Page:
University explores impact of climate change and microplastic pollution in Antarctic

Scientists from the University of Plymouth are involved in an international scientific expedition investigating how climate change is impacting the Antarctic continent, the role of the Southern Ocean in climate mitigation and the long-range atmospheric transport of contamination.

The Antarctic Quest 21 mission, led by explorer Paul Hart, will install and upgrade instrumentation that provides geophysical data essential to the refinement of sea-level predictions. They will also measure snowfall and collect snow samples from completely isolated and unvisited areas of the Antarctic Peninsula.

Some of those samples will then be analysed at the University to investigate the long-range atmospheric transport of microplastics and the concentration of metals.

The expedition has been inspired by one of Britain’s most admired explorers, Sir Ernest Shackleton, who set out on his own science expedition 100 years ago this year, but sadly died before he could begin his scientific work.

In a fitting tribute to Shackleton, the expedition team will mark the date of his passing with a commemoration service on the Antarctic ice, reflecting his importance in the history and the beginnings of scientific exploration of the Antarctic continent.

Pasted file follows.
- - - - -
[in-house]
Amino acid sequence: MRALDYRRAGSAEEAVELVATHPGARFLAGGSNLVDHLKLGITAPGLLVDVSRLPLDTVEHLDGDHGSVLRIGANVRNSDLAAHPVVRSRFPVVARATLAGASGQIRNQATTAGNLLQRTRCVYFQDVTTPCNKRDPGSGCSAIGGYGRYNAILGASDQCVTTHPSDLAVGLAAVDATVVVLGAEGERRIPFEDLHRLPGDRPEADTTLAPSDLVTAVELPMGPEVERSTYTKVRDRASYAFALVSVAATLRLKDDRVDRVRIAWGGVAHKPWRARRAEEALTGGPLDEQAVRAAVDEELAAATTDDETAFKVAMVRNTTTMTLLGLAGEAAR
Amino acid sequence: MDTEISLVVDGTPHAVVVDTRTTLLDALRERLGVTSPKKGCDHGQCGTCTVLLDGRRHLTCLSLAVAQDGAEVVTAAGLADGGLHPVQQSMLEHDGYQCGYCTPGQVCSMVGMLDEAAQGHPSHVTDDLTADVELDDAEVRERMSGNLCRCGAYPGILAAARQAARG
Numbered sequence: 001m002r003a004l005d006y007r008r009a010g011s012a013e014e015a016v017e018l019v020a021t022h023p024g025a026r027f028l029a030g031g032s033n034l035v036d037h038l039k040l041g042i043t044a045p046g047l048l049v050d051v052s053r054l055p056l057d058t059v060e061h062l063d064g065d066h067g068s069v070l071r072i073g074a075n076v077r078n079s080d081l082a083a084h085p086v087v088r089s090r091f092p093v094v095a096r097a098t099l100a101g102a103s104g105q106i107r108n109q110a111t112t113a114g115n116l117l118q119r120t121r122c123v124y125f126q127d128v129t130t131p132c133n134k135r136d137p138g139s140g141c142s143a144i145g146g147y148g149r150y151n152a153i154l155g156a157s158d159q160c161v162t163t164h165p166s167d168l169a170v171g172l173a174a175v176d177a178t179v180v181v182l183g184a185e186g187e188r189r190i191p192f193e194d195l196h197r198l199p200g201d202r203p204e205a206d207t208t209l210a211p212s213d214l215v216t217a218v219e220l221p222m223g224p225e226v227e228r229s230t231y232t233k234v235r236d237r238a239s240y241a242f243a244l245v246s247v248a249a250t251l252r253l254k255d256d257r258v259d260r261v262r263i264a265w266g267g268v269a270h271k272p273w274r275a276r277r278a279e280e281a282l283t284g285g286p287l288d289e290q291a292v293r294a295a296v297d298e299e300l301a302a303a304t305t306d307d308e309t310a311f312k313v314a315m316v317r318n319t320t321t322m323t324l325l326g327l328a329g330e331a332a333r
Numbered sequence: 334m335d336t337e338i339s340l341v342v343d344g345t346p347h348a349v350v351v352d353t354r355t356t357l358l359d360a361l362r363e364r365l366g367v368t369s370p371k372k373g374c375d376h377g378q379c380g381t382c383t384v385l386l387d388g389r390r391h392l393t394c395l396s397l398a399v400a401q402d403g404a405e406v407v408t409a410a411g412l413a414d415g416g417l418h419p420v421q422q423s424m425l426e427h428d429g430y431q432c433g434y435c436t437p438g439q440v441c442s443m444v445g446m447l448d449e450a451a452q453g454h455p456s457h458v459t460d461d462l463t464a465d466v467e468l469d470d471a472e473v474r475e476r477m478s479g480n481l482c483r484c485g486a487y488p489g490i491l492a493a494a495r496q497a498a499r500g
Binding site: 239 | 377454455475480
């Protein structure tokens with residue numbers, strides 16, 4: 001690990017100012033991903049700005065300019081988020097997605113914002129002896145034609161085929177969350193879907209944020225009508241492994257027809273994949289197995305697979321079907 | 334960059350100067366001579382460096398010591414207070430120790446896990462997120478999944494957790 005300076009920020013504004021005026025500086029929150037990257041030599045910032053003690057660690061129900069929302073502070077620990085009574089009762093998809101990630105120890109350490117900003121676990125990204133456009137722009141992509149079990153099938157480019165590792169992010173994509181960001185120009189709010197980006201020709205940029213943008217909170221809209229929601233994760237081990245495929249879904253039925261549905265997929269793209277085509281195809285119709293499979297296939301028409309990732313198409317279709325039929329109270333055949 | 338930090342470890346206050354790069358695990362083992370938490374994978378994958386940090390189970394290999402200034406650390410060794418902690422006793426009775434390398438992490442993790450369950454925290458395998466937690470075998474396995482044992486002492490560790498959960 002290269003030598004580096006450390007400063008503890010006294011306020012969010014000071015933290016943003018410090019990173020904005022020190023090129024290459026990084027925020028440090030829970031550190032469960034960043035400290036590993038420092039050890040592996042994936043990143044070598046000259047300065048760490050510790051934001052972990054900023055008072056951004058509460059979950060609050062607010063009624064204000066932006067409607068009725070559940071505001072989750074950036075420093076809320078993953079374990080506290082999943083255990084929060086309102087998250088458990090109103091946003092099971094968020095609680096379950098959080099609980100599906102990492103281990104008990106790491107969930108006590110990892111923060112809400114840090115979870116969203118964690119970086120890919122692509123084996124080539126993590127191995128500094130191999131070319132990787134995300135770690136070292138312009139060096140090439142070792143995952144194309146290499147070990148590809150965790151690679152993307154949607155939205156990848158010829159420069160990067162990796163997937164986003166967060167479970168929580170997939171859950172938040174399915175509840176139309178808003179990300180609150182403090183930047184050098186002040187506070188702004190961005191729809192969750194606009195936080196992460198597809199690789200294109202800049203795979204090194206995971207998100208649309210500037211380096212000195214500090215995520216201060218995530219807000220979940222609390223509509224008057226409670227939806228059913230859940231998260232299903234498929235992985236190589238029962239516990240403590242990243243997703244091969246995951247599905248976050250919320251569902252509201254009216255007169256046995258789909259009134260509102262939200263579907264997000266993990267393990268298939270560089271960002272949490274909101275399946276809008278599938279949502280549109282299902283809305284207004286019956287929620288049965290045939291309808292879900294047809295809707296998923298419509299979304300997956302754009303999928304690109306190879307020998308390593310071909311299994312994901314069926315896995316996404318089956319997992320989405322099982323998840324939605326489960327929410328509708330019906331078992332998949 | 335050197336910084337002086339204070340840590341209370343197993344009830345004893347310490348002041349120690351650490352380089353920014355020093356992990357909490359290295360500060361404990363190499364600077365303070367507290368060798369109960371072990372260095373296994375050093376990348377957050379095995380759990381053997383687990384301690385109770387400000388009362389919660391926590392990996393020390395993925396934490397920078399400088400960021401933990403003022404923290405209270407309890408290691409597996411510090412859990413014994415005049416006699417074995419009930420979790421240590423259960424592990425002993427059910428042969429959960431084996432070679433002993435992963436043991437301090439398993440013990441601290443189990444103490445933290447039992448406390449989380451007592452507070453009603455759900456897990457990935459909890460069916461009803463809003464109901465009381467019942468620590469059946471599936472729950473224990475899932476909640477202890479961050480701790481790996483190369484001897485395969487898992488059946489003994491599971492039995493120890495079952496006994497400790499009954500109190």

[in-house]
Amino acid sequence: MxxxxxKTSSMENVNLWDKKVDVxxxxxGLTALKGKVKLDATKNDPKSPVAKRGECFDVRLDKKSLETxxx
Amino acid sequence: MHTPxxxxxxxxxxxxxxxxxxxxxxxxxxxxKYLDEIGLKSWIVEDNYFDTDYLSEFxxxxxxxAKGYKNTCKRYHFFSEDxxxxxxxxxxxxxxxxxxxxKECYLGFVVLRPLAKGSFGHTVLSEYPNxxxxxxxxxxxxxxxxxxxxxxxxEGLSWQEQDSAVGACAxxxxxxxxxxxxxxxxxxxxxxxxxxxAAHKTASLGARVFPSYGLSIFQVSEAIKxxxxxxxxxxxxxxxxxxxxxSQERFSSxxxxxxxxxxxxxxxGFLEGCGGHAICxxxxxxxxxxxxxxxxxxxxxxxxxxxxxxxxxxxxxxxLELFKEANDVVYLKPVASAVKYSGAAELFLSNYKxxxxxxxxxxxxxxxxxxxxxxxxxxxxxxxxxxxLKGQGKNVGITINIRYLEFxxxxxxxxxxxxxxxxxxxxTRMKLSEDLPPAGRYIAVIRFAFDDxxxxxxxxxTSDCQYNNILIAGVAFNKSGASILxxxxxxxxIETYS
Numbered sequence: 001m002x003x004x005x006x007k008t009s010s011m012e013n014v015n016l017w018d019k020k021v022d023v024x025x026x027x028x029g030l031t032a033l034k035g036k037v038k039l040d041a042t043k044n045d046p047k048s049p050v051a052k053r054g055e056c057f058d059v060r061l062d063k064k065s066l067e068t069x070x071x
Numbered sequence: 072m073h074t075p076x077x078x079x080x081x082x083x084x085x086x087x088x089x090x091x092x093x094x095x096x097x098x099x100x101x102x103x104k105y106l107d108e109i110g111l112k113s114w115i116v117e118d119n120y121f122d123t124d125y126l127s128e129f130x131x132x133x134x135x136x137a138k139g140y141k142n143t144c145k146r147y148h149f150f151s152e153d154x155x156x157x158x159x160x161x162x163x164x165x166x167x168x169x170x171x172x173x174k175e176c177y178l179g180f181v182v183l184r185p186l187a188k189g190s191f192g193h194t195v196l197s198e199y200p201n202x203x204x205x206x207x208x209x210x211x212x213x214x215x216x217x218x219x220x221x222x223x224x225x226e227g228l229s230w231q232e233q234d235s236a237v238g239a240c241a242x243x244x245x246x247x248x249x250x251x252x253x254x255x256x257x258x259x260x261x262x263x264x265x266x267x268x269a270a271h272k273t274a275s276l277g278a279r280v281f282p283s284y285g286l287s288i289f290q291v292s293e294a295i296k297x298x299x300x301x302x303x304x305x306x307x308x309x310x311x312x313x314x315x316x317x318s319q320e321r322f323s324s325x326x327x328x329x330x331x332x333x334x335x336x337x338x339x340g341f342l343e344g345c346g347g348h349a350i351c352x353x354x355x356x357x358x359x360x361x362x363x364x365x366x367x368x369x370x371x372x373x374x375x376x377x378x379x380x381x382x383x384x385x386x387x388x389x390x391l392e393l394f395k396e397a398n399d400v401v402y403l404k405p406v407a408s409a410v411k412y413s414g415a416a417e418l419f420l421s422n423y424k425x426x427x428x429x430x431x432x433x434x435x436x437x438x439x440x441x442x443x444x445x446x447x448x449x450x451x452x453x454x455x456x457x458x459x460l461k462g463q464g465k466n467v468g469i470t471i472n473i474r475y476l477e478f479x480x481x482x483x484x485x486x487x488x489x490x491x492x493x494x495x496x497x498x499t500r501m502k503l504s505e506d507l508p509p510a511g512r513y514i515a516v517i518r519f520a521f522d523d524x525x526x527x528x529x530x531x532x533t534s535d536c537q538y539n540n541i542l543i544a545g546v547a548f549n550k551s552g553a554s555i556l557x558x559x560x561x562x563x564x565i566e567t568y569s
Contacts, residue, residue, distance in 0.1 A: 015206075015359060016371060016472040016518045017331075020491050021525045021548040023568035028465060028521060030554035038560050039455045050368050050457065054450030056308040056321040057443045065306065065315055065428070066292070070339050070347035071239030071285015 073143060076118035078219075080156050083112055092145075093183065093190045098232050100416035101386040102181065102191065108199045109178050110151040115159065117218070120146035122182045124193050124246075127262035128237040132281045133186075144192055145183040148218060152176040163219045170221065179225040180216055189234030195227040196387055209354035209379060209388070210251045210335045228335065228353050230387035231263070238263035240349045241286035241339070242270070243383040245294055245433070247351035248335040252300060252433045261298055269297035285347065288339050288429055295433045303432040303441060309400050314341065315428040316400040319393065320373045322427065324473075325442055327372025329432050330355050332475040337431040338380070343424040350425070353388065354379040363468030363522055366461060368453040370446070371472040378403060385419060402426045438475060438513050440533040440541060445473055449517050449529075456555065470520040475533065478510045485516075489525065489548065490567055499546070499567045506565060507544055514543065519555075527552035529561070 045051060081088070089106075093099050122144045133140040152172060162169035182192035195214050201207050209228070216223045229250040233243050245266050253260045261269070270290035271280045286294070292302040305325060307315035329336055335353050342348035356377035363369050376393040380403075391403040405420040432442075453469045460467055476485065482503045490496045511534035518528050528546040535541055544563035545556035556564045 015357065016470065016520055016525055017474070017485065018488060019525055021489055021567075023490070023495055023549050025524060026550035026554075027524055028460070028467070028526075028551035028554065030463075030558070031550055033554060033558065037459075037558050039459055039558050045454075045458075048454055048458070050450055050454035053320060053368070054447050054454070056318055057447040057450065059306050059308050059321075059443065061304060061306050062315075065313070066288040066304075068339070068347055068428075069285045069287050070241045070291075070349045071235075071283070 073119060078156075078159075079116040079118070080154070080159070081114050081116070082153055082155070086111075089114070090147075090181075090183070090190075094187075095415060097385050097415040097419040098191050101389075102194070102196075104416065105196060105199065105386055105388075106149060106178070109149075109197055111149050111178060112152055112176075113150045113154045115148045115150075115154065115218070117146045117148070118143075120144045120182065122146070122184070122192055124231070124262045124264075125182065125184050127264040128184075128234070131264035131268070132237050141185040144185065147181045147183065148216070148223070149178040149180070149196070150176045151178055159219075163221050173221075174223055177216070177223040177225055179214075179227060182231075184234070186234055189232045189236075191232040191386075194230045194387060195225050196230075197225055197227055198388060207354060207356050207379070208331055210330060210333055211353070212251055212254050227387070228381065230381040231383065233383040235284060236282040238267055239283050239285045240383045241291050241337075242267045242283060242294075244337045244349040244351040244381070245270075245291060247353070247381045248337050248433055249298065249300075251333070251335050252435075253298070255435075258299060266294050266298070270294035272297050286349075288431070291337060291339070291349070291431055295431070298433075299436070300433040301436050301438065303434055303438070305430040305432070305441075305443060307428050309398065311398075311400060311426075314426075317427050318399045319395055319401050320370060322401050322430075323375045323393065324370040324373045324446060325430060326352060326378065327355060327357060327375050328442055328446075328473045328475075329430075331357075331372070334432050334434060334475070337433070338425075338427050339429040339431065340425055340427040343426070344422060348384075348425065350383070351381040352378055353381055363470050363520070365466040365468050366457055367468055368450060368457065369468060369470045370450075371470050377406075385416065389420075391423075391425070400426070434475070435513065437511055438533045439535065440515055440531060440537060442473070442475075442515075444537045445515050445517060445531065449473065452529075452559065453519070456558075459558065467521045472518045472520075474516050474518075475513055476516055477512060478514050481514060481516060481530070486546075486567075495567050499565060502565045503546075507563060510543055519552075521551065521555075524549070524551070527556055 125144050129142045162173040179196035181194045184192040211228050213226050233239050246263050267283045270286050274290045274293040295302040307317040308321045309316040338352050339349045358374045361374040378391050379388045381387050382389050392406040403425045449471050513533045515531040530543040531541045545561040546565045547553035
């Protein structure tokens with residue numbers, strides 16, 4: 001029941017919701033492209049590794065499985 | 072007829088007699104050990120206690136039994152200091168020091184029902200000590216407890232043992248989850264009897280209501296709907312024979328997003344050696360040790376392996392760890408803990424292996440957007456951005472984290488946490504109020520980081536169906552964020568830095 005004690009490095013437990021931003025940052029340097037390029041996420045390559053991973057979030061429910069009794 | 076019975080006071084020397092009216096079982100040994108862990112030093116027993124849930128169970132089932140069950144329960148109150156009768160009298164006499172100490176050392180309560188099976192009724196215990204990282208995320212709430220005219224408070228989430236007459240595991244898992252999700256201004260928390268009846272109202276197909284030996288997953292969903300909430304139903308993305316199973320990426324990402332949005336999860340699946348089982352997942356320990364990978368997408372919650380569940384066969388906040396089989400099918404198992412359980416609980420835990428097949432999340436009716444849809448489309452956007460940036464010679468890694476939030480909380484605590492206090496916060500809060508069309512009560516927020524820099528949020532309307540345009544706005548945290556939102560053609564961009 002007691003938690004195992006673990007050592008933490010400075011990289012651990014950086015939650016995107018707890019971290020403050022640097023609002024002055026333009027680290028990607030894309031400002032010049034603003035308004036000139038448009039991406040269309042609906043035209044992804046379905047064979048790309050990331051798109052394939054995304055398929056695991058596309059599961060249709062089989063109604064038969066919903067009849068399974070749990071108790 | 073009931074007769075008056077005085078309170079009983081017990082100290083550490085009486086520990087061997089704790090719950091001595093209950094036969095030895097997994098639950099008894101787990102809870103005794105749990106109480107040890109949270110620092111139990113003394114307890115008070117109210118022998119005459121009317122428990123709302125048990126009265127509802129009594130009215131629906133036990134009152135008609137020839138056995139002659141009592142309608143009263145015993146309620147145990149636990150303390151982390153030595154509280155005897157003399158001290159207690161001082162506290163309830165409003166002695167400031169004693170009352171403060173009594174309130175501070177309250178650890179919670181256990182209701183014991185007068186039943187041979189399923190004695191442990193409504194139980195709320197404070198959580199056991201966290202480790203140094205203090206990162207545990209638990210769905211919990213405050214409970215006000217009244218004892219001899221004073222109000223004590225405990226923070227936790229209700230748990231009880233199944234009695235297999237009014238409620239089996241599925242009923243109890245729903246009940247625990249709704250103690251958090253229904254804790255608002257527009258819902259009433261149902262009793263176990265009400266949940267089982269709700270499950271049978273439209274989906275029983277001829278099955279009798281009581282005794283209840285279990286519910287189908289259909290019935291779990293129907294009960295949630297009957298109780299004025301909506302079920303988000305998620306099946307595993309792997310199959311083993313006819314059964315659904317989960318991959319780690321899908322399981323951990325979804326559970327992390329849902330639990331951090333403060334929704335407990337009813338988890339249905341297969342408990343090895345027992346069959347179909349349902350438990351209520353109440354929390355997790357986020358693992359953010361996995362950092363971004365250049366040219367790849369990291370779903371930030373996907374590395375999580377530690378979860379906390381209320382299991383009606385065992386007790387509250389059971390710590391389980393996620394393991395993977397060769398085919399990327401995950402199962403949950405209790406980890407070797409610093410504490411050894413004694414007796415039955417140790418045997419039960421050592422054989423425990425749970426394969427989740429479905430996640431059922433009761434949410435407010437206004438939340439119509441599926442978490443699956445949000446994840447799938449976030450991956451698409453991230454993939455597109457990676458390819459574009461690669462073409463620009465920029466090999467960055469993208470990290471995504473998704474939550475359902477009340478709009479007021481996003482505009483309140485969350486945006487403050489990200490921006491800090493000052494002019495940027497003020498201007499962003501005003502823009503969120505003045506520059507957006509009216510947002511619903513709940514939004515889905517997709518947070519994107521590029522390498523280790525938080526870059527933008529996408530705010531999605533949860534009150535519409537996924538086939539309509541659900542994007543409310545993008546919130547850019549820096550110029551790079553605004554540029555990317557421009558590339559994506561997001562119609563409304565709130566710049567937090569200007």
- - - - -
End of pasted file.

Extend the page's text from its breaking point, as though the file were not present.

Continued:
Dr Charlotte Braungardt

Dr Charlotte Braungardt

Dr Charlotte Braungardt, Associate Professor in Environmental Science at the University, is serving as the expedition’s scientific adviser. She said:

“This is without question an ambitious undertaking that will encounter challenges similar to those faced by the expeditions of Shackleton’s time. The data obtained during the expedition and transmitted for years to come from installed equipment will help the scientific community to refine models and reduce the uncertainty in predictions of the impact of climate change on our coastlines and communities. It will also enhance our understanding of our impact on the planet in one of the few areas still largely untouched by the human population. This will support the development of solutions that prevent, mitigate and adapt.”

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